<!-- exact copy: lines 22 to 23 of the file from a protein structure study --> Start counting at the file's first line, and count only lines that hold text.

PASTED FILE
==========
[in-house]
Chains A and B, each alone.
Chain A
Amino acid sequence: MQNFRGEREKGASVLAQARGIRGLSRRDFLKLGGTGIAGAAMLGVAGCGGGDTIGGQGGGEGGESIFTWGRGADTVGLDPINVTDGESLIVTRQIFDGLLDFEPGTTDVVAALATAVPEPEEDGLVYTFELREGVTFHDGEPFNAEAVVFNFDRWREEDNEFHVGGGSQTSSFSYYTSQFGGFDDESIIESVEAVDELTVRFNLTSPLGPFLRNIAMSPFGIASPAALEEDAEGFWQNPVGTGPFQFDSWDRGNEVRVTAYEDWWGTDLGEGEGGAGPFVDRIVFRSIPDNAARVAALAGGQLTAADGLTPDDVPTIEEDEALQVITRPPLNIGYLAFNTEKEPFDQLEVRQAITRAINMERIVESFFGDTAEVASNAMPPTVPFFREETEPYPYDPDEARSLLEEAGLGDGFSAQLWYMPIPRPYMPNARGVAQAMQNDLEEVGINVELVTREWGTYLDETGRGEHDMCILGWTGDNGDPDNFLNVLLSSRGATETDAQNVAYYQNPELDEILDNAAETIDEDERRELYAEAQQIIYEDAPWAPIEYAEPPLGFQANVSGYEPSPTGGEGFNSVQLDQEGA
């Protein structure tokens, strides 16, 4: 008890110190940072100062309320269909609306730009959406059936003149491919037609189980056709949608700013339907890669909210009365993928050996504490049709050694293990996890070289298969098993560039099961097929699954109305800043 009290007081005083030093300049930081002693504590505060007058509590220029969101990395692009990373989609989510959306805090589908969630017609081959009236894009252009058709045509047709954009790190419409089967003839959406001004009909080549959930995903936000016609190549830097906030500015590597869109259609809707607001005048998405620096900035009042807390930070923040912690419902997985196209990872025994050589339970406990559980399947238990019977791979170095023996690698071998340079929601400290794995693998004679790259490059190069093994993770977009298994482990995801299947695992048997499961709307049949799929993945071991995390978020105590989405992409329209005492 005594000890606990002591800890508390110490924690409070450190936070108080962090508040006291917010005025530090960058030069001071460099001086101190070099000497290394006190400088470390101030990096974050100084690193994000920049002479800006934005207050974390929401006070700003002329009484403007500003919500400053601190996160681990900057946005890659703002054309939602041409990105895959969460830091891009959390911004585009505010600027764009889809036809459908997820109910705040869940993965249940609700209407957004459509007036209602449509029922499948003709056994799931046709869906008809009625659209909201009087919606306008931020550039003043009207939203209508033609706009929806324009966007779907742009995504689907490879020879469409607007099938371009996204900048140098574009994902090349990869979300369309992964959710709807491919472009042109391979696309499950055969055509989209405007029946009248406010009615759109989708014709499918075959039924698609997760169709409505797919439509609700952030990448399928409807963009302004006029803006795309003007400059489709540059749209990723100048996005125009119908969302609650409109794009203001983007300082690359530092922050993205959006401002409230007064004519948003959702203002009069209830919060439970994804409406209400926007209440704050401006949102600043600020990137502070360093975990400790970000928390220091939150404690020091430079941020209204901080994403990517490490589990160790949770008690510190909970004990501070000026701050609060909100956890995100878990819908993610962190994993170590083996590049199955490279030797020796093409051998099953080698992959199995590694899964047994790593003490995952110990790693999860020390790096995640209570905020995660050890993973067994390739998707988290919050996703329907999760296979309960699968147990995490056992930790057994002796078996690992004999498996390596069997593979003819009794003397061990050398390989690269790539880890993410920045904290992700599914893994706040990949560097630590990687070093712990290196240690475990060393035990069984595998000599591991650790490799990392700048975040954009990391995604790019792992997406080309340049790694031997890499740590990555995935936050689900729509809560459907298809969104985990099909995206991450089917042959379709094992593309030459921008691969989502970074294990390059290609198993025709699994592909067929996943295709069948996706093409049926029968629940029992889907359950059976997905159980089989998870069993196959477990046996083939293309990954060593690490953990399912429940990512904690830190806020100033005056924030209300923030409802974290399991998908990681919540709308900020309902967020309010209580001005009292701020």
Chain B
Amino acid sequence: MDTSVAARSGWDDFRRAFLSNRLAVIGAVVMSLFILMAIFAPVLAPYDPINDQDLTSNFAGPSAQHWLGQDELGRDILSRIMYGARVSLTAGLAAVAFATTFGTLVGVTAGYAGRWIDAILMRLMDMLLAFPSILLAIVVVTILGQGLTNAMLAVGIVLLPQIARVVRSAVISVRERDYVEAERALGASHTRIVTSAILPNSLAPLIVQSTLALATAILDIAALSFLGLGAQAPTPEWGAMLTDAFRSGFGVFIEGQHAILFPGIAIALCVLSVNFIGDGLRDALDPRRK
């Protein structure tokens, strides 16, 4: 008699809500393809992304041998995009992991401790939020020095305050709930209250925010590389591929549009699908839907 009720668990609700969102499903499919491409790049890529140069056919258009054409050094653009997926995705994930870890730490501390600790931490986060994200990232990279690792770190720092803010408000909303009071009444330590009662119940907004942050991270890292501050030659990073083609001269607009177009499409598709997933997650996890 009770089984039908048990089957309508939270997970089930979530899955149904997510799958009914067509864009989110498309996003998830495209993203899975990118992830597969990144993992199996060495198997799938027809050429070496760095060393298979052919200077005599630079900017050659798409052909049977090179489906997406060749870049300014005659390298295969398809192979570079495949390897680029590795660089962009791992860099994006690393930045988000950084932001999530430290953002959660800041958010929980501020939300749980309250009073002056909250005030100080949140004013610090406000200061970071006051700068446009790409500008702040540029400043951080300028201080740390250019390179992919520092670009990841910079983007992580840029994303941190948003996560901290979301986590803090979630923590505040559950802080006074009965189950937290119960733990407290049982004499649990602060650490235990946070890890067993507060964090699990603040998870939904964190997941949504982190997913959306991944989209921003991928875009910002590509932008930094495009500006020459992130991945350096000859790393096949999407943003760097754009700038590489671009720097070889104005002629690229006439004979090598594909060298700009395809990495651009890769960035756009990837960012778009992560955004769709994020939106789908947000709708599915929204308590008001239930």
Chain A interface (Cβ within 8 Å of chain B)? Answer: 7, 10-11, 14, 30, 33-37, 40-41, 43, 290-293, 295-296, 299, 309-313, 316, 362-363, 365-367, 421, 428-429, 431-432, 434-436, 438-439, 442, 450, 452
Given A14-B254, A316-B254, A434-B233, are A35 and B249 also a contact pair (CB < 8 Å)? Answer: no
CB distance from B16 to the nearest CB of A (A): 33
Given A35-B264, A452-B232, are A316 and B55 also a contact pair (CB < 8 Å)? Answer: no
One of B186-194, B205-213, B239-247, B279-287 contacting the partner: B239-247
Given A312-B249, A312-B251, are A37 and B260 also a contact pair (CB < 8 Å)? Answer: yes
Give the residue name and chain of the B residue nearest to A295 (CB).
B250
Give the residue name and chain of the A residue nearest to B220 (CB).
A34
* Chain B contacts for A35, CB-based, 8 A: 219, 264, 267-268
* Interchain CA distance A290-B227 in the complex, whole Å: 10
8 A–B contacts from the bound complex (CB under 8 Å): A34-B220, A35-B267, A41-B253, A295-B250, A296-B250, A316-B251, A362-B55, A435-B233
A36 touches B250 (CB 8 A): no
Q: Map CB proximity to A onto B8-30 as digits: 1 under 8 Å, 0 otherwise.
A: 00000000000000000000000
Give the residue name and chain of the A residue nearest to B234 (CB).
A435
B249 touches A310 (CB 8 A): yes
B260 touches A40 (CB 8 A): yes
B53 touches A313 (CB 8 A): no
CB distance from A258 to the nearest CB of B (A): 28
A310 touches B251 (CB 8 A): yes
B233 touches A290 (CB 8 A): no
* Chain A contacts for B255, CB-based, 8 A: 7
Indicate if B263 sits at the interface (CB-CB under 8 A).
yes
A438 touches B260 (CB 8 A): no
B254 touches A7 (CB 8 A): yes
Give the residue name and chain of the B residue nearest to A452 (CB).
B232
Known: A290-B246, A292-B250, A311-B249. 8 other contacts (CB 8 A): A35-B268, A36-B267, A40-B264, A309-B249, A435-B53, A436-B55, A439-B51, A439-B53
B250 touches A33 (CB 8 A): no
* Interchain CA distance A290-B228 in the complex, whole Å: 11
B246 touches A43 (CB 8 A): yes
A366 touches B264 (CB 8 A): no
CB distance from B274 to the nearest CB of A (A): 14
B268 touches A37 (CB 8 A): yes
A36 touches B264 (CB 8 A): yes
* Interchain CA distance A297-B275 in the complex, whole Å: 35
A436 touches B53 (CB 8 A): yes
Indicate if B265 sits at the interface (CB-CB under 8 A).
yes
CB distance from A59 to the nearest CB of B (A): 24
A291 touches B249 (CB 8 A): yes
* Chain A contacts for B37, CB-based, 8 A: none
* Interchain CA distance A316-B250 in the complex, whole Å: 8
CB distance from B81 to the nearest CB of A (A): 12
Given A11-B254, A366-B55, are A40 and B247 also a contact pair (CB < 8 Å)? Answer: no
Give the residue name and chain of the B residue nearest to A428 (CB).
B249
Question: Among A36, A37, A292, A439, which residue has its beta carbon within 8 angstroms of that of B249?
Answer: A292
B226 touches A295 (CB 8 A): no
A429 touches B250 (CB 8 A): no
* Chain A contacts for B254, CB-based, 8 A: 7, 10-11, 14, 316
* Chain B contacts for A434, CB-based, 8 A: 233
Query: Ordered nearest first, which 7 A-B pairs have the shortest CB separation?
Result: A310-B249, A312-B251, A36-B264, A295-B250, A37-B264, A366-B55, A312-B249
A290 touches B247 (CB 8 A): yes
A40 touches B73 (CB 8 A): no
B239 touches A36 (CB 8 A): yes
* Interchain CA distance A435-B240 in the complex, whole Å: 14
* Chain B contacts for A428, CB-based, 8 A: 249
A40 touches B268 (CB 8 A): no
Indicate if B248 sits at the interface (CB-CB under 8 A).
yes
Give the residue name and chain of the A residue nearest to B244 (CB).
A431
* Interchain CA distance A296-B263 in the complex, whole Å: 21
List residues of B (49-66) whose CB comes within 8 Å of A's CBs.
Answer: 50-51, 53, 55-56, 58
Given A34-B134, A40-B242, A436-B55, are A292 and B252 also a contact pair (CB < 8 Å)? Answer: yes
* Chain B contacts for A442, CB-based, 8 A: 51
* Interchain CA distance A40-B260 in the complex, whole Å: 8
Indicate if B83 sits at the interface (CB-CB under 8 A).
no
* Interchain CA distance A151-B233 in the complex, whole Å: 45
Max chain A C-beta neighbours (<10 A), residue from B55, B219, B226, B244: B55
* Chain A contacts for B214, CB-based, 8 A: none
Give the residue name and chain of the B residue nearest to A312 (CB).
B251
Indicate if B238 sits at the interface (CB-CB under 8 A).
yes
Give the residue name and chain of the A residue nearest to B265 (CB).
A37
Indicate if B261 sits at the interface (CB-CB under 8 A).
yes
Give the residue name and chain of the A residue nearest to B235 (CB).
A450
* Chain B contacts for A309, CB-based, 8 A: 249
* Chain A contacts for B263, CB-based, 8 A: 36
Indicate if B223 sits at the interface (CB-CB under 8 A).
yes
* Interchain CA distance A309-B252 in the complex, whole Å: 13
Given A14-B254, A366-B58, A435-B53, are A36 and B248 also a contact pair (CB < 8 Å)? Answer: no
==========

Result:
A36 touches B250 (CB 8 A): no
Q: Map CB proximity to A onto B8-30 as digits: 1 under 8 Å, 0 otherwise.